The problem with unsung heroes is inherent in the name. They mostly go unsung. The high-profile types get a lot of credit — all deserved — for helping others. There are tens of thousands of unrewarded heroes out there who fall between the cracks. Not as long as I can help it.
There are also many unsung heroes in the culinary world.
While her children were in school, Owen began baking cakes “for therapy.” After her husband died, she went into the catering business full time, “with a vengeance,” her friend Sharon Walker explained. With all of her children grown and out of the house, she expanded her tiny kitchen into a full-scale commercial operation and the cakes began flying out the door.
Eventually she began catering parties, teas, and weddings. She catered my wedding in 1993. However, business has always come in a distant second with Owen. What makes Yvonne Owen special is all of the unselfish ways she helps others.
“I can’t remember a time when she wasn’t helping someone, or giving something away,” her daughter said.”
A loyal member of
In addition to her everyday duties she has worked tirelessly with the Mississippi Diabetes Association and other charities, helping anytime anyone anywhere held out their hand.
A few years ago, seeing a need to feed shut-ins and under-resourced citizens in the community, she began cooking 10 meals every Monday through Friday for a Meals-On-Wheels program. “I’m only going to do 10 a week,” she told Dora Sue Ferrell, her longtime assistant. Before long, 10 became 20, and 20 became 60. Day in, day out, five days a week, 52 weeks a year, rain or shine, Yvonne Owen prepared salad, entrée, two vegetables, bread, and dessert using her own money and resources. And when no one was available to deliver, she became the wheels that delivered the meals.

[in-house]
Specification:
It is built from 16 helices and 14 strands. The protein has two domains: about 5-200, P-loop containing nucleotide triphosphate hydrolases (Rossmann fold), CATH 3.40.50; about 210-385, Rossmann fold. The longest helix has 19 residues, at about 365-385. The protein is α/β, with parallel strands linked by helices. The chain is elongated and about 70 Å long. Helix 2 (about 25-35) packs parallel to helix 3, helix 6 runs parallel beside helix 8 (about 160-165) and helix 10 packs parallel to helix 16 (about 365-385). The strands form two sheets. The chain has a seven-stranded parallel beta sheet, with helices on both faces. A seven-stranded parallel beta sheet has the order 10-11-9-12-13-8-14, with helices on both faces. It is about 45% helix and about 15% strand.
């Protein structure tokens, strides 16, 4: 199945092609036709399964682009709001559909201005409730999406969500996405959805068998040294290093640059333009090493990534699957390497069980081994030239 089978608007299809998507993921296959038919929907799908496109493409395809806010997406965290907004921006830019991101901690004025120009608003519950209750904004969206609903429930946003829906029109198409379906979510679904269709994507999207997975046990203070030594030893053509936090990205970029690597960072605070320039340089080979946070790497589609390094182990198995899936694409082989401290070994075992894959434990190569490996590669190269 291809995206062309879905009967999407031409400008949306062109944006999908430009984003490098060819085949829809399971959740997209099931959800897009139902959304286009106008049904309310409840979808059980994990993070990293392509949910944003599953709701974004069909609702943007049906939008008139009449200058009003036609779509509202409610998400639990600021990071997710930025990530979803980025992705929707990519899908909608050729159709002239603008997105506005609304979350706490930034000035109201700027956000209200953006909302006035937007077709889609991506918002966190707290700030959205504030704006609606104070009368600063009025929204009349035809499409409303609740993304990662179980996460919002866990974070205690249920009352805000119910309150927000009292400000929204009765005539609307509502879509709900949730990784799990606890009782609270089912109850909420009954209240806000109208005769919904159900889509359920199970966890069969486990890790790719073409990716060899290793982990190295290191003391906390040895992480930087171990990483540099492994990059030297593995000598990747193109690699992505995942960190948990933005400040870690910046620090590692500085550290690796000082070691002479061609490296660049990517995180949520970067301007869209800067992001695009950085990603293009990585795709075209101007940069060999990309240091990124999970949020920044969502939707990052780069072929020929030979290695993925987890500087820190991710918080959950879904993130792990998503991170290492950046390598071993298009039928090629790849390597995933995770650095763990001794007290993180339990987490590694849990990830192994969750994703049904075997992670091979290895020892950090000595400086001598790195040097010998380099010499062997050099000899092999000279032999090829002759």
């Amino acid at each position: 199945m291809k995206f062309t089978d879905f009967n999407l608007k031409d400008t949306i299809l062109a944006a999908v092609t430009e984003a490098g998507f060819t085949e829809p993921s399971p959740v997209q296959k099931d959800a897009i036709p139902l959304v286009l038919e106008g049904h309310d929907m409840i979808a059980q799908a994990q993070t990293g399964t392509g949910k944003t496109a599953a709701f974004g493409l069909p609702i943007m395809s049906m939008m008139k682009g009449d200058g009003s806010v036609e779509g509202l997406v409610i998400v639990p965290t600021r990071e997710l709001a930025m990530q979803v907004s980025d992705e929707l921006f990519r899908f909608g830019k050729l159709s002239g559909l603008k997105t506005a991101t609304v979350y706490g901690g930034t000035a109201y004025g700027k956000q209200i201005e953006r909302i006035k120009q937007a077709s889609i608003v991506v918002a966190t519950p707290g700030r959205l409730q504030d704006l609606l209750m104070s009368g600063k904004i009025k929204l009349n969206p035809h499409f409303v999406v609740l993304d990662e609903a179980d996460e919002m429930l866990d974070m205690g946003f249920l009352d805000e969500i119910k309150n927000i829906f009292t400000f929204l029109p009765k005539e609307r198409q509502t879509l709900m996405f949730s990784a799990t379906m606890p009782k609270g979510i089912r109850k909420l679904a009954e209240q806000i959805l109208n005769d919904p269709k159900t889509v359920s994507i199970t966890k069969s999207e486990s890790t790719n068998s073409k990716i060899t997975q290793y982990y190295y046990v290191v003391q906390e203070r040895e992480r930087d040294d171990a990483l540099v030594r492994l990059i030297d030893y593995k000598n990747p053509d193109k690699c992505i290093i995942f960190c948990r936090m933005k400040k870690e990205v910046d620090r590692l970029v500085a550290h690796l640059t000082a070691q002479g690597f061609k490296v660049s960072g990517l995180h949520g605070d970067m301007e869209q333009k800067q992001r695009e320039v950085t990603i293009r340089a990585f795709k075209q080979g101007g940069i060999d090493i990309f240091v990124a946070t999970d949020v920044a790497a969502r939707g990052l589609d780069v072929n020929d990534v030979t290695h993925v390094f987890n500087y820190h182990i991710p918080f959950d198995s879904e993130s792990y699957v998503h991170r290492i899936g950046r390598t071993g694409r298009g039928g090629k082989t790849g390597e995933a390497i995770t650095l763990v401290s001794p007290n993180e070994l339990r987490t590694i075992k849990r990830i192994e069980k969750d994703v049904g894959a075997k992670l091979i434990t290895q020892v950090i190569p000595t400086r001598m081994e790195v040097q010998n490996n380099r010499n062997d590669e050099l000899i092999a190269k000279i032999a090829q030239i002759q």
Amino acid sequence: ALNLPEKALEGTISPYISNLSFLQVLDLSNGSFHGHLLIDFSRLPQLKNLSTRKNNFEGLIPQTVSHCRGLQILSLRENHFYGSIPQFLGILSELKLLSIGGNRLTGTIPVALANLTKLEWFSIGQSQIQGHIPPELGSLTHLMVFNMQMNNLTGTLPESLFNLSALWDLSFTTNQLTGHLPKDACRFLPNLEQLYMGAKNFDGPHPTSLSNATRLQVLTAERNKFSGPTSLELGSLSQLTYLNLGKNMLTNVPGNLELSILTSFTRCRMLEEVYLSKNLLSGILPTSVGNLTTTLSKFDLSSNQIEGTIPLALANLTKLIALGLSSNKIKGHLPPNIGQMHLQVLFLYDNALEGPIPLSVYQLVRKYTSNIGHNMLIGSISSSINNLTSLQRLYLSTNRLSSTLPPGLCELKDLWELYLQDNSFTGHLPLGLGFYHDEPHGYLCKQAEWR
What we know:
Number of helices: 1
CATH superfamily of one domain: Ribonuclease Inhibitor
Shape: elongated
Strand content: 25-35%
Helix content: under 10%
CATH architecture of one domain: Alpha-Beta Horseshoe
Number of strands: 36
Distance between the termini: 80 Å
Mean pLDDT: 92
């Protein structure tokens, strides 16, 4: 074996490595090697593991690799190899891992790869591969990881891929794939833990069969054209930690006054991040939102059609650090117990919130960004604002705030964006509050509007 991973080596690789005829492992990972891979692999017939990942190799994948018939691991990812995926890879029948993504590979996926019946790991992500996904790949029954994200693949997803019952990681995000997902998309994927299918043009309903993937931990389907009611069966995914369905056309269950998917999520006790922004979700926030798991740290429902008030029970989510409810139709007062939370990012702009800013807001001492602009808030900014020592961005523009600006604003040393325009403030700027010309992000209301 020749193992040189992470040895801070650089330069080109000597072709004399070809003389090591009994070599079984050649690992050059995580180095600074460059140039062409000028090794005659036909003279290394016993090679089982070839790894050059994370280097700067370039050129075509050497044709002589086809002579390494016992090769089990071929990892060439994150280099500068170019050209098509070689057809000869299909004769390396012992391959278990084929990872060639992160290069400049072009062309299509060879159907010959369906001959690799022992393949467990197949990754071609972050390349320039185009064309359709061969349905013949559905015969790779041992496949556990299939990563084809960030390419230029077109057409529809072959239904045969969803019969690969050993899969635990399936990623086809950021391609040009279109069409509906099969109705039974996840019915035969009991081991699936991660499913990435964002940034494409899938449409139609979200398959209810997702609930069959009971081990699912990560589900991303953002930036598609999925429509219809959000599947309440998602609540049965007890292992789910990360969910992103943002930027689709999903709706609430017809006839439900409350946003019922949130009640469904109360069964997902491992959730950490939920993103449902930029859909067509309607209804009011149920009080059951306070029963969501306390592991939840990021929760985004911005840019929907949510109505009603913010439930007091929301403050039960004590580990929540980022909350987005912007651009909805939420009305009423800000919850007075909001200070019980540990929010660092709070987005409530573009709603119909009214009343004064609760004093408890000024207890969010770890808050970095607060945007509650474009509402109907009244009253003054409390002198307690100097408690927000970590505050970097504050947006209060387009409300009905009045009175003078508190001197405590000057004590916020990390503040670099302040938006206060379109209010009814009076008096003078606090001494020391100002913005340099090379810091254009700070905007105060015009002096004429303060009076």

Owen contracted a rare form of cancer in 2003 and underwent a rigorous chemotherapy program. The day she finished her chemotherapy she traveled to her daughter’s house to begin a five-week babysitting stint with her newborn grandson.
Today, the cancer is in remission. Fortunately for the citizens of
A few years ago Owen began traveling through under-resourced neighborhoods picking up children and taking them to church for Wednesday night and Sunday morning services. Sometimes it is the only balanced meal the children will eat all week. The kids call her “Sugarmama,” she calls them “her fish” referring to a line in a sermon she once heard that taught the lesson of feeding and nourishing the spirit of the needy. It is a lesson that we should all learn. It is one Yvonne Owen is living by example in her everyday life.
The Mississippi Conference of the
Owen, along with her longtime assistants Ida and Dora Sue, is making the world a better place one meal at a time. “She’s always doing for somebody else, wearing herself out,” Ferrell stated. “She has planned her retirement four times, but she keeps pushing the date back. I don’t think she’ll ever stop.” Let’s hope she doesn’t.
The world needs more Yvonne Owens.